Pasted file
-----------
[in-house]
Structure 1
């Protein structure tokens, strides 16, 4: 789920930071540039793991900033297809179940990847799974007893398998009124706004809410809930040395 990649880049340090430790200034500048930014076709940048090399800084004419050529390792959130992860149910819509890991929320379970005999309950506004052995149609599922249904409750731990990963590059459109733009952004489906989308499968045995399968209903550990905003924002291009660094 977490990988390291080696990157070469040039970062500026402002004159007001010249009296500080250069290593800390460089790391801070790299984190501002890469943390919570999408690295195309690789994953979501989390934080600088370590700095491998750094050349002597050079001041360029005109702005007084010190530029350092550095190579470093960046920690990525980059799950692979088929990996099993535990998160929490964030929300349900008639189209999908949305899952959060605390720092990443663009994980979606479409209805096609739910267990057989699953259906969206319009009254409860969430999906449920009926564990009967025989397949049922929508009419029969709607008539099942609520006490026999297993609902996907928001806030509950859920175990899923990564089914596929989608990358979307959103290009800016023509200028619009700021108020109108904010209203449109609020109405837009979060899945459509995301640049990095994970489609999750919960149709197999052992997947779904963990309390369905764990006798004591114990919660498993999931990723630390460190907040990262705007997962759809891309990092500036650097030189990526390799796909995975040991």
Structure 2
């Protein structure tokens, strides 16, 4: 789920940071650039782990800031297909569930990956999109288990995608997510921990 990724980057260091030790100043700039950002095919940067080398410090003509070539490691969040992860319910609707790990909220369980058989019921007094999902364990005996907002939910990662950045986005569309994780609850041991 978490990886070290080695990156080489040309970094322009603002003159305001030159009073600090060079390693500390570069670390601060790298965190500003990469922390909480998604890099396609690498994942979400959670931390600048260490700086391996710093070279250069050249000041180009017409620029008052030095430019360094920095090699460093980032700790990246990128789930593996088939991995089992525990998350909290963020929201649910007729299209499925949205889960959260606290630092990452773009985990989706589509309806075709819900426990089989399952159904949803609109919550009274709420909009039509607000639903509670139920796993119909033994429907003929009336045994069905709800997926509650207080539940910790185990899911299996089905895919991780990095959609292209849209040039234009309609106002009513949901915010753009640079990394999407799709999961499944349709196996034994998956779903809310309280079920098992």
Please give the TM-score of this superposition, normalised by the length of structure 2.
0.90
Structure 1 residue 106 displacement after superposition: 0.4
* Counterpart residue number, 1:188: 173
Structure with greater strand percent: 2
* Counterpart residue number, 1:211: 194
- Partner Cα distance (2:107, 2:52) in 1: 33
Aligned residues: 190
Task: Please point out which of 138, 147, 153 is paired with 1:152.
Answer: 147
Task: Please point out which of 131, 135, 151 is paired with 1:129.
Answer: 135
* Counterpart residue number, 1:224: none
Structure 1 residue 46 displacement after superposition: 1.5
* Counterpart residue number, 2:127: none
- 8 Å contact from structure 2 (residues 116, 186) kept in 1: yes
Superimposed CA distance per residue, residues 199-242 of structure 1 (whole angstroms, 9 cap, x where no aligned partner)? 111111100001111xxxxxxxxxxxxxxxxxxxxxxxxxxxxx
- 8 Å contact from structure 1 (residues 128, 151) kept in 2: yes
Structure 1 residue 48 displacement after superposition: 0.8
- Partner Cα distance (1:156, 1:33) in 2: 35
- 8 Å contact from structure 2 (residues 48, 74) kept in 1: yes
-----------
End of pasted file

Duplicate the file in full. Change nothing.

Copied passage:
[in-house]
Structure 1
């Protein structure tokens, strides 16, 4: 789920930071540039793991900033297809179940990847799974007893398998009124706004809410809930040395 990649880049340090430790200034500048930014076709940048090399800084004419050529390792959130992860149910819509890991929320379970005999309950506004052995149609599922249904409750731990990963590059459109733009952004489906989308499968045995399968209903550990905003924002291009660094 977490990988390291080696990157070469040039970062500026402002004159007001010249009296500080250069290593800390460089790391801070790299984190501002890469943390919570999408690295195309690789994953979501989390934080600088370590700095491998750094050349002597050079001041360029005109702005007084010190530029350092550095190579470093960046920690990525980059799950692979088929990996099993535990998160929490964030929300349900008639189209999908949305899952959060605390720092990443663009994980979606479409209805096609739910267990057989699953259906969206319009009254409860969430999906449920009926564990009967025989397949049922929508009419029969709607008539099942609520006490026999297993609902996907928001806030509950859920175990899923990564089914596929989608990358979307959103290009800016023509200028619009700021108020109108904010209203449109609020109405837009979060899945459509995301640049990095994970489609999750919960149709197999052992997947779904963990309390369905764990006798004591114990919660498993999931990723630390460190907040990262705007997962759809891309990092500036650097030189990526390799796909995975040991």
Structure 2
């Protein structure tokens, strides 16, 4: 789920940071650039782990800031297909569930990956999109288990995608997510921990 990724980057260091030790100043700039950002095919940067080398410090003509070539490691969040992860319910609707790990909220369980058989019921007094999902364990005996907002939910990662950045986005569309994780609850041991 978490990886070290080695990156080489040309970094322009603002003159305001030159009073600090060079390693500390570069670390601060790298965190500003990469922390909480998604890099396609690498994942979400959670931390600048260490700086391996710093070279250069050249000041180009017409620029008052030095430019360094920095090699460093980032700790990246990128789930593996088939991995089992525990998350909290963020929201649910007729299209499925949205889960959260606290630092990452773009985990989706589509309806075709819900426990089989399952159904949803609109919550009274709420909009039509607000639903509670139920796993119909033994429907003929009336045994069905709800997926509650207080539940910790185990899911299996089905895919991780990095959609292209849209040039234009309609106002009513949901915010753009640079990394999407799709999961499944349709196996034994998956779903809310309280079920098992």
Please give the TM-score of this superposition, normalised by the length of structure 2.
0.90
Structure 1 residue 106 displacement after superposition: 0.4
* Counterpart residue number, 1:188: 173
Structure with greater strand percent: 2
* Counterpart residue number, 1:211: 194
- Partner Cα distance (2:107, 2:52) in 1: 33
Aligned residues: 190
Task: Please point out which of 138, 147, 153 is paired with 1:152.
Answer: 147
Task: Please point out which of 131, 135, 151 is paired with 1:129.
Answer: 135
* Counterpart residue number, 1:224: none
Structure 1 residue 46 displacement after superposition: 1.5
* Counterpart residue number, 2:127: none
- 8 Å contact from structure 2 (residues 116, 186) kept in 1: yes
Superimposed CA distance per residue, residues 199-242 of structure 1 (whole angstroms, 9 cap, x where no aligned partner)? 111111100001111xxxxxxxxxxxxxxxxxxxxxxxxxxxxx
- 8 Å contact from structure 1 (residues 128, 151) kept in 2: yes
Structure 1 residue 48 displacement after superposition: 0.8
- Partner Cα distance (1:156, 1:33) in 2: 35
- 8 Å contact from structure 2 (residues 48, 74) kept in 1: yes